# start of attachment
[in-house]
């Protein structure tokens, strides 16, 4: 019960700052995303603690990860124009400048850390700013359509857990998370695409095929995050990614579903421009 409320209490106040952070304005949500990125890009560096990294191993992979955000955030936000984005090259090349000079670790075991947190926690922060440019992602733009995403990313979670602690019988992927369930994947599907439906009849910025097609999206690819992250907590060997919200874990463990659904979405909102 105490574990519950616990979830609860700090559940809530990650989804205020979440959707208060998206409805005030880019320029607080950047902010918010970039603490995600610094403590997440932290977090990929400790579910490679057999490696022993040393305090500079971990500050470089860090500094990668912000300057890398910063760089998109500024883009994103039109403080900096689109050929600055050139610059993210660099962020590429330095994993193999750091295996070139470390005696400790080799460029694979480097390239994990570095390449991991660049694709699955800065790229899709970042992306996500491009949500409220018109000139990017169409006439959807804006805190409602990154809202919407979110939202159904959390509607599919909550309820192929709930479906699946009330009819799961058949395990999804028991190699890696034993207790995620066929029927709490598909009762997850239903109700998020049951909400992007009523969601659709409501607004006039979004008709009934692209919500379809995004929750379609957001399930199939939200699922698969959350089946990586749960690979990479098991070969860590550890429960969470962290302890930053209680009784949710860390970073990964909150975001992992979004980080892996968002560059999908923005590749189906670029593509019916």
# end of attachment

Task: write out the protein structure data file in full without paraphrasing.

[in-house]
């Protein structure tokens, strides 16, 4: 019960700052995303603690990860124009400048850390700013359509857990998370695409095929995050990614579903421009 409320209490106040952070304005949500990125890009560096990294191993992979955000955030936000984005090259090349000079670790075991947190926690922060440019992602733009995403990313979670602690019988992927369930994947599907439906009849910025097609999206690819992250907590060997919200874990463990659904979405909102 105490574990519950616990979830609860700090559940809530990650989804205020979440959707208060998206409805005030880019320029607080950047902010918010970039603490995600610094403590997440932290977090990929400790579910490679057999490696022993040393305090500079971990500050470089860090500094990668912000300057890398910063760089998109500024883009994103039109403080900096689109050929600055050139610059993210660099962020590429330095994993193999750091295996070139470390005696400790080799460029694979480097390239994990570095390449991991660049694709699955800065790229899709970042992306996500491009949500409220018109000139990017169409006439959807804006805190409602990154809202919407979110939202159904959390509607599919909550309820192929709930479906699946009330009819799961058949395990999804028991190699890696034993207790995620066929029927709490598909009762997850239903109700998020049951909400992007009523969601659709409501607004006039979004008709009934692209919500379809995004929750379609957001399930199939939200699922698969959350089946990586749960690979990479098991070969860590550890429960969470962290302890930053209680009784949710860390970073990964909150975001992992979004980080892996968002560059999908923005590749189906670029593509019916």